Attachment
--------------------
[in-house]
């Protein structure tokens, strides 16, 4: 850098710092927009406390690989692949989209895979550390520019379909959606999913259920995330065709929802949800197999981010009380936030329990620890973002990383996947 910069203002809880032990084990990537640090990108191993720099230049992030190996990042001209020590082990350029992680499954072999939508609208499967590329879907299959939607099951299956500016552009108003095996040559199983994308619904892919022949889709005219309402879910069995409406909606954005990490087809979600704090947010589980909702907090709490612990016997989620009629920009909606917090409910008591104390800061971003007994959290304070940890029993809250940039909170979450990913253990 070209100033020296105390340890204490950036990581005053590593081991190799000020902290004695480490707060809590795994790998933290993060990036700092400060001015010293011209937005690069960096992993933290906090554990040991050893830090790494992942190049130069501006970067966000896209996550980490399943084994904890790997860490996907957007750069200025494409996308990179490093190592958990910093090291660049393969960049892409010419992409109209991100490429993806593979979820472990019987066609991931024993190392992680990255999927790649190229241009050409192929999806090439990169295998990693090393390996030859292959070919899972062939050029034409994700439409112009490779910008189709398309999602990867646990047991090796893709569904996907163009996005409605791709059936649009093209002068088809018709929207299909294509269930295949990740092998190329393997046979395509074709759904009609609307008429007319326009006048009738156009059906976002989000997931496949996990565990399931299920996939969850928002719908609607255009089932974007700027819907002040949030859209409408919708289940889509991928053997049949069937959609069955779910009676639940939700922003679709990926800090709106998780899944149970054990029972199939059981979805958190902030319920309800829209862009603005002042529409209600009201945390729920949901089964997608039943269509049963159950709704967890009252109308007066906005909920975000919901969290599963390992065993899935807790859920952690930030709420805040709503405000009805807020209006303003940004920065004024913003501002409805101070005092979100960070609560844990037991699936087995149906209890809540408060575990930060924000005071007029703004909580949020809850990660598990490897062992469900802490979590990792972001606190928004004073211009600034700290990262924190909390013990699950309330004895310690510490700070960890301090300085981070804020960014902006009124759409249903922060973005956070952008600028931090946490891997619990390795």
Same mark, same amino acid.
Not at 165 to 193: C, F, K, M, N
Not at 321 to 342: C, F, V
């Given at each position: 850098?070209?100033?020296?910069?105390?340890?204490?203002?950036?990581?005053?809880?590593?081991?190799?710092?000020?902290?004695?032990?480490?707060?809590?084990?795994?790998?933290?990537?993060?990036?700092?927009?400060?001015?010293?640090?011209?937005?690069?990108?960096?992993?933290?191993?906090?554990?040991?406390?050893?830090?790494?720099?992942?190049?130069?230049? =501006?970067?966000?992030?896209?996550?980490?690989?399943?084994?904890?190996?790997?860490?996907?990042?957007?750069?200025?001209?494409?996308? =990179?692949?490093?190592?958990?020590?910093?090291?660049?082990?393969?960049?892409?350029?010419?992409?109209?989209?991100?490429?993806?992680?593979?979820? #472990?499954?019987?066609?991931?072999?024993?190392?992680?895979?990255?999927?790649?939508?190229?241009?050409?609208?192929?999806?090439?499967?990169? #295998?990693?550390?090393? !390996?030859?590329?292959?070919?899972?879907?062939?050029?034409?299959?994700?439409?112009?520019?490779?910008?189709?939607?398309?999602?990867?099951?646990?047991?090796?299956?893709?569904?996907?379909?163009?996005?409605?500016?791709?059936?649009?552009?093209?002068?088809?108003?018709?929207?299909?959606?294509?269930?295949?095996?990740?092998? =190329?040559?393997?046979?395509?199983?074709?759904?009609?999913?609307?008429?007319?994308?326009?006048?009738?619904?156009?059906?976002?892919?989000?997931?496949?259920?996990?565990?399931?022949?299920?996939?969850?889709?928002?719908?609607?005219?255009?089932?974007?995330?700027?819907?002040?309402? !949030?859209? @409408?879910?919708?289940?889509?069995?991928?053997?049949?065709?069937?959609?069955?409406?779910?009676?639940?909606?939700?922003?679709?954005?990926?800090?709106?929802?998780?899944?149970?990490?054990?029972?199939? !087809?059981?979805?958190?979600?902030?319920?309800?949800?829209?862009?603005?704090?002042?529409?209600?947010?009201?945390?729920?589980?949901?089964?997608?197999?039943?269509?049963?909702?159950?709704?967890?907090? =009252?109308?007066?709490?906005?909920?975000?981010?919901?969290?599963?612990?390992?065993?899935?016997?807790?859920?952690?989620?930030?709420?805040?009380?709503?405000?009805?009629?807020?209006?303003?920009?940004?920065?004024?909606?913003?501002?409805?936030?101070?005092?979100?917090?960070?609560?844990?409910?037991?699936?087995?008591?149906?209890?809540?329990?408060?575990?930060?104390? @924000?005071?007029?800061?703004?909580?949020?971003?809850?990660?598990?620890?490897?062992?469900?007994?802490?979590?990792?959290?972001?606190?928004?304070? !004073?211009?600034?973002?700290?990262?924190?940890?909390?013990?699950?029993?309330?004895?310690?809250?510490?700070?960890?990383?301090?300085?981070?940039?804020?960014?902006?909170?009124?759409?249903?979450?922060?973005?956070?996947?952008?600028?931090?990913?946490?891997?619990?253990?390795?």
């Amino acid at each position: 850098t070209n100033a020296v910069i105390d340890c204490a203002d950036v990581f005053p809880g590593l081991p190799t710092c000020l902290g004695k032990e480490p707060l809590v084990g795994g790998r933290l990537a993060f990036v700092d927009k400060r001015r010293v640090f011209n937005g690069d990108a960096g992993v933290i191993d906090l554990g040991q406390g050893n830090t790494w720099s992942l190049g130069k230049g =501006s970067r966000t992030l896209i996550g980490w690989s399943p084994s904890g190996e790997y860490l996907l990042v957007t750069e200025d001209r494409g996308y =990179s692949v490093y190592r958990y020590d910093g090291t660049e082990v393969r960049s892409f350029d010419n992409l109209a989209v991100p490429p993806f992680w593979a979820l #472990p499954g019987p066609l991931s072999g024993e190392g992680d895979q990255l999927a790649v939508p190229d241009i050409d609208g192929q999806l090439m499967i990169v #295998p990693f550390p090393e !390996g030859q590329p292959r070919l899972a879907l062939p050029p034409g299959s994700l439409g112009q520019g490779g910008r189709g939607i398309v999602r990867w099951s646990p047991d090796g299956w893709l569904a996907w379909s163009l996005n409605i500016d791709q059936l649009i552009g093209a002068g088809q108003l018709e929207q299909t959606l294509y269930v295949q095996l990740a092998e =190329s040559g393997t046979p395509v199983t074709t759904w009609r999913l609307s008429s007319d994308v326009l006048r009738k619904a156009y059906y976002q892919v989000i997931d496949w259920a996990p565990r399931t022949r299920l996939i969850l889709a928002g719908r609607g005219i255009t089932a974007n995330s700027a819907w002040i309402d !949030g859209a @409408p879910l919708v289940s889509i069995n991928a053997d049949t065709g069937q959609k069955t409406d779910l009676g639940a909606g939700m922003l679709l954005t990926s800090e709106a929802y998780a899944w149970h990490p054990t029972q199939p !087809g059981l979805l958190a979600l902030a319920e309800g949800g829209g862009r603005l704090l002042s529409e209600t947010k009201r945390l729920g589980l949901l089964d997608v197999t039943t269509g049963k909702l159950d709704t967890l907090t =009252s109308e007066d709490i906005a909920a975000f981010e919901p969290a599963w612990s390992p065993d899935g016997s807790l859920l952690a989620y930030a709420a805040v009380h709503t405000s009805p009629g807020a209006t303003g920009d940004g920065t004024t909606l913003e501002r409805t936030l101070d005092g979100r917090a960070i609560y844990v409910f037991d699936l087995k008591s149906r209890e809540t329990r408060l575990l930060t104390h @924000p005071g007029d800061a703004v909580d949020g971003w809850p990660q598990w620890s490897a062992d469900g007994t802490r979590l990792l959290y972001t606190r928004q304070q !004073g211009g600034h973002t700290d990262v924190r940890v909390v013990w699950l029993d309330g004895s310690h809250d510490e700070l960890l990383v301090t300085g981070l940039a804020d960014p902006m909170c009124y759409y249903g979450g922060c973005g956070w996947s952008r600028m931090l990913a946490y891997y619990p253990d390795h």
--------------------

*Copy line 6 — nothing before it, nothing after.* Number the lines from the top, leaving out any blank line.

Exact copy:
């Given at each position: 850098?070209?100033?020296?910069?105390?340890?204490?203002?950036?990581?005053?809880?590593?081991?190799?710092?000020?902290?004695?032990?480490?707060?809590?084990?795994?790998?933290?990537?993060?990036?700092?927009?400060?001015?010293?640090?011209?937005?690069?990108?960096?992993?933290?191993?906090?554990?040991?406390?050893?830090?790494?720099?992942?190049?130069?230049? =501006?970067?966000?992030?896209?996550?980490?690989?399943?084994?904890?190996?790997?860490?996907?990042?957007?750069?200025?001209?494409?996308? =990179?692949?490093?190592?958990?020590?910093?090291?660049?082990?393969?960049?892409?350029?010419?992409?109209?989209?991100?490429?993806?992680?593979?979820? #472990?499954?019987?066609?991931?072999?024993?190392?992680?895979?990255?999927?790649?939508?190229?241009?050409?609208?192929?999806?090439?499967?990169? #295998?990693?550390?090393? !390996?030859?590329?292959?070919?899972?879907?062939?050029?034409?299959?994700?439409?112009?520019?490779?910008?189709?939607?398309?999602?990867?099951?646990?047991?090796?299956?893709?569904?996907?379909?163009?996005?409605?500016?791709?059936?649009?552009?093209?002068?088809?108003?018709?929207?299909?959606?294509?269930?295949?095996?990740?092998? =190329?040559?393997?046979?395509?199983?074709?759904?009609?999913?609307?008429?007319?994308?326009?006048?009738?619904?156009?059906?976002?892919?989000?997931?496949?259920?996990?565990?399931?022949?299920?996939?969850?889709?928002?719908?609607?005219?255009?089932?974007?995330?700027?819907?002040?309402? !949030?859209? @409408?879910?919708?289940?889509?069995?991928?053997?049949?065709?069937?959609?069955?409406?779910?009676?639940?909606?939700?922003?679709?954005?990926?800090?709106?929802?998780?899944?149970?990490?054990?029972?199939? !087809?059981?979805?958190?979600?902030?319920?309800?949800?829209?862009?603005?704090?002042?529409?209600?947010?009201?945390?729920?589980?949901?089964?997608?197999?039943?269509?049963?909702?159950?709704?967890?907090? =009252?109308?007066?709490?906005?909920?975000?981010?919901?969290?599963?612990?390992?065993?899935?016997?807790?859920?952690?989620?930030?709420?805040?009380?709503?405000?009805?009629?807020?209006?303003?920009?940004?920065?004024?909606?913003?501002?409805?936030?101070?005092?979100?917090?960070?609560?844990?409910?037991?699936?087995?008591?149906?209890?809540?329990?408060?575990?930060?104390? @924000?005071?007029?800061?703004?909580?949020?971003?809850?990660?598990?620890?490897?062992?469900?007994?802490?979590?990792?959290?972001?606190?928004?304070? !004073?211009?600034?973002?700290?990262?924190?940890?909390?013990?699950?029993?309330?004895?310690?809250?510490?700070?960890?990383?301090?300085?981070?940039?804020?960014?902006?909170?009124?759409?249903?979450?922060?973005?956070?996947?952008?600028?931090?990913?946490?891997?619990?253990?390795?």